Pushing the envelope- Part II

Last week, I wrote about pushing the limits of science by thinking outside the box.  In that sense, “thinking outside the box” is used quite figuratively to indicate how traditional thinking will not lead to new ideas, and constant innovation is necessary to achieve breakthroughs.

In this post, we will examine the same concept in the context of art.  Art is also an ever evolving process.  While all of the same principles apply to art as to science – in that new techniques and concepts lead to new styles and forms of art; in addition art has the luxury of showing this concept a bit more literally.  An artist has the power to control the physical boundaries of his/her work.

About a week ago, I attended a local exhibit titled “Art Process and the Aesthetic Experience”.  The premise of the exhibit was mixing the old and new.  Classical works of art were depicted on electronic frames called Meurals.  Next to them were the modern interpretations of local artists that were inspired by these paintings.

A few pieces caught my attention.  The first was a tiny “Pup in a cup”.  While the idea itself sounds a bit ludicrous, the little guy seemed to fit quite cozily in a porcelain teacup.  The artist wrote about her mission of distilling down the minimal essential color combinations necessary for depicting golden surfaces in a painting.  I think she achieved it quite well.

Interestingly, this artist also focused on the essential elements of framing a painting, so much so that she painted an empty picture frame on a panel without an image inside.  This concept takes an approach that is opposite of “thinking outside the box” and enforces limits before the actual idea is born.  It kind of reminds me of modeling in computational biology, where assumptions, limits and constraints need to be set before setting the key experiment in motion.

Just after I left the exhibit, I stopped by a nearby cafe for a quick bite.  Coincidentally, as I sat down at the table, the following piece of art caught my attention.  It was the opposite of what I have just seen at the exhibit – a painting with an unfinished frame.  A piece of artwork that refused to be constrained by the limits enforced by society.

unfinished-frame

I went back home and could not wait to get back to work on my cell that was trying to escape from its frame.  The one I have written about in many of my previous posts.  Last week I finally got a chance to stay home for half a day and finish it!  It was daytime, and the sun shone brightly into the windows of our new apartment, still not covered with curtains or blinds.  I was able to catch some gorgeous shots of the work in progress.

 

This shot was taken before the cell would be restrained by its frame.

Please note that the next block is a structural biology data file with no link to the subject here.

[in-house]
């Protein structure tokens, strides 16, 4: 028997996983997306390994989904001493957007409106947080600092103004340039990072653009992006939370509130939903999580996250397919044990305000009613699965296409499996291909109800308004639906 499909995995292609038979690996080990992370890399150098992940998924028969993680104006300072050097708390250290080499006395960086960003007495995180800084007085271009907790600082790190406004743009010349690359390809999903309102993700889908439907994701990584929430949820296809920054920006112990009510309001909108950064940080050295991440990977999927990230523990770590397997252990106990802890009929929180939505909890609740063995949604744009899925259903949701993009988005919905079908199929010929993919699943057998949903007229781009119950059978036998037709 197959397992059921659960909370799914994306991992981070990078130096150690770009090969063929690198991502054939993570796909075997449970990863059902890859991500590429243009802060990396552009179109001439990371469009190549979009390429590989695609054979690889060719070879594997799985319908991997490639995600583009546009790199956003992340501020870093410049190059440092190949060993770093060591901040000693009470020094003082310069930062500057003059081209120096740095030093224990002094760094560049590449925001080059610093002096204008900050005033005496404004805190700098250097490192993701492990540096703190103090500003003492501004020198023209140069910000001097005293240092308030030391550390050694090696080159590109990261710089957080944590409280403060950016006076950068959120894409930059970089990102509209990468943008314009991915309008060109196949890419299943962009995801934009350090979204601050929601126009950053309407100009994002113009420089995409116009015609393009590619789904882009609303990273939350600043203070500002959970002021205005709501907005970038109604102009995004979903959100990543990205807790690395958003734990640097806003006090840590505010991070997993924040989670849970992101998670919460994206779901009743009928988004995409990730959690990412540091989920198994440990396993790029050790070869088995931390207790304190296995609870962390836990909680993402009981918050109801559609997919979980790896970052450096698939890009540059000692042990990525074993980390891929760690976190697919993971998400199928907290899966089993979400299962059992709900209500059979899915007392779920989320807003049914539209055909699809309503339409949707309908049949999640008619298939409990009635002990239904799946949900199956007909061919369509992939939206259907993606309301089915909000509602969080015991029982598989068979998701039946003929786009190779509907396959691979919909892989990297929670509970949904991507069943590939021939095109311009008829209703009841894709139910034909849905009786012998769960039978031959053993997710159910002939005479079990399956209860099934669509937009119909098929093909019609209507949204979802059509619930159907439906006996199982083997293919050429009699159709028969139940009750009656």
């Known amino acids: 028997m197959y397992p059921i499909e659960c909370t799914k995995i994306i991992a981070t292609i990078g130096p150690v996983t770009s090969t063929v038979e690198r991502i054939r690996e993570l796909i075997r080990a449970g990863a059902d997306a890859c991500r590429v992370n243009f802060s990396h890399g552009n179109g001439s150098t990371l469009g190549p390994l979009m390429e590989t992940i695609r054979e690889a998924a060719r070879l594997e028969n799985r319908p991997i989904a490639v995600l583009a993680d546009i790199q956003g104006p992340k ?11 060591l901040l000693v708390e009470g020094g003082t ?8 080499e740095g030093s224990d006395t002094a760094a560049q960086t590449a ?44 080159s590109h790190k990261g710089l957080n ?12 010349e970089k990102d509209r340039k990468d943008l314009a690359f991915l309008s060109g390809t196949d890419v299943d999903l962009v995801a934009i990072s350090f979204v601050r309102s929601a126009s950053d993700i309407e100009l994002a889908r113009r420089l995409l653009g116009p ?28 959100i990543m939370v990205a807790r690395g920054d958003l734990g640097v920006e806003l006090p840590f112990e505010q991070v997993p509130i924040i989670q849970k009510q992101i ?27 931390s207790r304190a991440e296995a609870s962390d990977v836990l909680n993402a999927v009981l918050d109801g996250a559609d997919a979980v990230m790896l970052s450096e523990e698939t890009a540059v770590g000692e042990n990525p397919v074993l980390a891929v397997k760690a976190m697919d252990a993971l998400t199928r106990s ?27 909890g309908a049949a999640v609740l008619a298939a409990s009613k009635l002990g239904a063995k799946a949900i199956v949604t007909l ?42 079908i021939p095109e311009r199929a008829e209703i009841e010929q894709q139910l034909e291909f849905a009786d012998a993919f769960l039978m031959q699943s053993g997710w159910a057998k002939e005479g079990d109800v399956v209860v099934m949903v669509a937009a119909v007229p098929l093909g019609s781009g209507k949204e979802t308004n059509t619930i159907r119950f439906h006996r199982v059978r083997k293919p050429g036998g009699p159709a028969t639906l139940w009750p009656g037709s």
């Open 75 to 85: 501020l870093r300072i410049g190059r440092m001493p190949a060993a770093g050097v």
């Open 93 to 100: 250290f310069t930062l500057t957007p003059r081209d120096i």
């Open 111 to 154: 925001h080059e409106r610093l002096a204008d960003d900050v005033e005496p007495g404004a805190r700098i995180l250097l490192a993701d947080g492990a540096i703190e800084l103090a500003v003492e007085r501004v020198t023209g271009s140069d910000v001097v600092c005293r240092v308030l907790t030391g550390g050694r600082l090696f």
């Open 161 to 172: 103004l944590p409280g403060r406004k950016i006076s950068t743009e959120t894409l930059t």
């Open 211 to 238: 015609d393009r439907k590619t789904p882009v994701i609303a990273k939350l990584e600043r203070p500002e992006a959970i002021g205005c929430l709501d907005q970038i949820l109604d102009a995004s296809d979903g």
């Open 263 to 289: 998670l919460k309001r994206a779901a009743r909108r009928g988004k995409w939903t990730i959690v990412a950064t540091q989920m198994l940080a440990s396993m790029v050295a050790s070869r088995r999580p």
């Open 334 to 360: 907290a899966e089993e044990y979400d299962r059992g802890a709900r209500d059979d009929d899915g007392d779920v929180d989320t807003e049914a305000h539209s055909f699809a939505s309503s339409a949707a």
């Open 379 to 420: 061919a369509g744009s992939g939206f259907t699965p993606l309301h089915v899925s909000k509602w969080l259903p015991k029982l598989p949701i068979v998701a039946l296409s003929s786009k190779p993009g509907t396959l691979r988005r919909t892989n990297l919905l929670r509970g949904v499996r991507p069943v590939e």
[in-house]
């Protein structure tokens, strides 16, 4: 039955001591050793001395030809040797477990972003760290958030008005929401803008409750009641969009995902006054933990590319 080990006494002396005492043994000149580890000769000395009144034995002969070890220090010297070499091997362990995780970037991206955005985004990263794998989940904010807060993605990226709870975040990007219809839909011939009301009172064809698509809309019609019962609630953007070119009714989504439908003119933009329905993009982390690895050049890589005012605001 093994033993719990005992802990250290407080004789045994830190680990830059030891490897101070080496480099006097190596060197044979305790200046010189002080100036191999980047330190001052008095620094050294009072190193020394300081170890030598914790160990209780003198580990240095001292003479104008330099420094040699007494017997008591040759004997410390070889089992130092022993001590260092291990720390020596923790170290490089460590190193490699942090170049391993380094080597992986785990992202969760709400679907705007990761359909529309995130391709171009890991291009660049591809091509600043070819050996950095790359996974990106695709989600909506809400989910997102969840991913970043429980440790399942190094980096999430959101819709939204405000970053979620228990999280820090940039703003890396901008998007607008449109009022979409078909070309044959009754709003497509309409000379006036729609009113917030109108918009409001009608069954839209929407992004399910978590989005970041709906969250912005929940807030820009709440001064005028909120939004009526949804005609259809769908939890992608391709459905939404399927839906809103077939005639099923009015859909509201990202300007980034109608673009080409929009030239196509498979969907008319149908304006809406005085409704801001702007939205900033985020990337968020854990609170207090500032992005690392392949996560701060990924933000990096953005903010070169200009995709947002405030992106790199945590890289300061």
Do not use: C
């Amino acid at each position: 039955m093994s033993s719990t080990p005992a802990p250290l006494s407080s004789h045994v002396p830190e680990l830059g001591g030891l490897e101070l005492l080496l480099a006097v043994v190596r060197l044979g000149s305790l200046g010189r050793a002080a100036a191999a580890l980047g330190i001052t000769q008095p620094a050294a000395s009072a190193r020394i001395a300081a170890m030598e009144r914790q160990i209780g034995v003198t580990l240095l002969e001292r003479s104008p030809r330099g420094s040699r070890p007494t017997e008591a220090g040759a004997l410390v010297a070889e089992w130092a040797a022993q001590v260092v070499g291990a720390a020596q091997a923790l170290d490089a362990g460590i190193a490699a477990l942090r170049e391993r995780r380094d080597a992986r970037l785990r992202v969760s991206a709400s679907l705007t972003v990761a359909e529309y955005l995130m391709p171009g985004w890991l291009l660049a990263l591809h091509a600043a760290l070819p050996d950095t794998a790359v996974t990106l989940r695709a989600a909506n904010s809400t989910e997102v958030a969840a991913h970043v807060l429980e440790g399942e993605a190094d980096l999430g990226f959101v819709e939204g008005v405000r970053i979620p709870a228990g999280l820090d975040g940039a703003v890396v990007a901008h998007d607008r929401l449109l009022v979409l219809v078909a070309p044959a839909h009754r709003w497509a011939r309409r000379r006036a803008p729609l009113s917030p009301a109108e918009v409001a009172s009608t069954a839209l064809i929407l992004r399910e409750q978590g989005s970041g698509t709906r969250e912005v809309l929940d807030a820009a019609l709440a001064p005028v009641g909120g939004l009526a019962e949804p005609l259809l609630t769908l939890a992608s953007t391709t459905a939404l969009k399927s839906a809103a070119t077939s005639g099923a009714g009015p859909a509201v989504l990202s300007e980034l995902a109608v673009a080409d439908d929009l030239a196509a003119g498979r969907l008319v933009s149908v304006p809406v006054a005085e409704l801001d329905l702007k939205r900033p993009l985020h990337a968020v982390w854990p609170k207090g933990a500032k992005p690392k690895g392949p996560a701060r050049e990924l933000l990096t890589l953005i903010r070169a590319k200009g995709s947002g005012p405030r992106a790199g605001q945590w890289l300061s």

Still, in spirit of thinking outside the box, the long delicate dendrites of this beauty were not confounded by its frame.  They reached beyond it in all directions, finally breaking out of the limits once enforced on them by a confocal image frame.  They showed that in the name of science and progress, creativity cannot be constrained.

hippocampal-neuron-with-spines

Advertisements

5 thoughts on “Pushing the envelope- Part II

  1. […] of fabric, but then got inspired by one of my recent projects with neurons.  So just like the cyan hippocampal neuron I wrote about, this Morning Glory refused to be restrained by the limits of its frame.  Its […]

    Like

  2. […] a branch that I intentionally made larger than the space that would hold it.  Keeping the theme of “pushing the envelope” going with this project too.   I really like how the flowers look so fresh and delicate, yet they […]

    Like

  3. […] the majority of pictures we take under a confocal microscope. However, keeping with my theme of science reaching beyond its limits, this cell was not constrained by its frame and extended its processes outward, to sense the world […]

    Like

  4. […] posts, so if you are interested in finding out more about it, you can read my older posts here, here and […]

    Like

  5. […] also prone to error.  Keeping with my theme of “science outside the box” and “art beyond the frame,” all cells reach their processes outside the “field” that would have been […]

    Like

Leave a Reply

Fill in your details below or click an icon to log in:

WordPress.com Logo

You are commenting using your WordPress.com account. Log Out / Change )

Twitter picture

You are commenting using your Twitter account. Log Out / Change )

Facebook photo

You are commenting using your Facebook account. Log Out / Change )

Google+ photo

You are commenting using your Google+ account. Log Out / Change )

Connecting to %s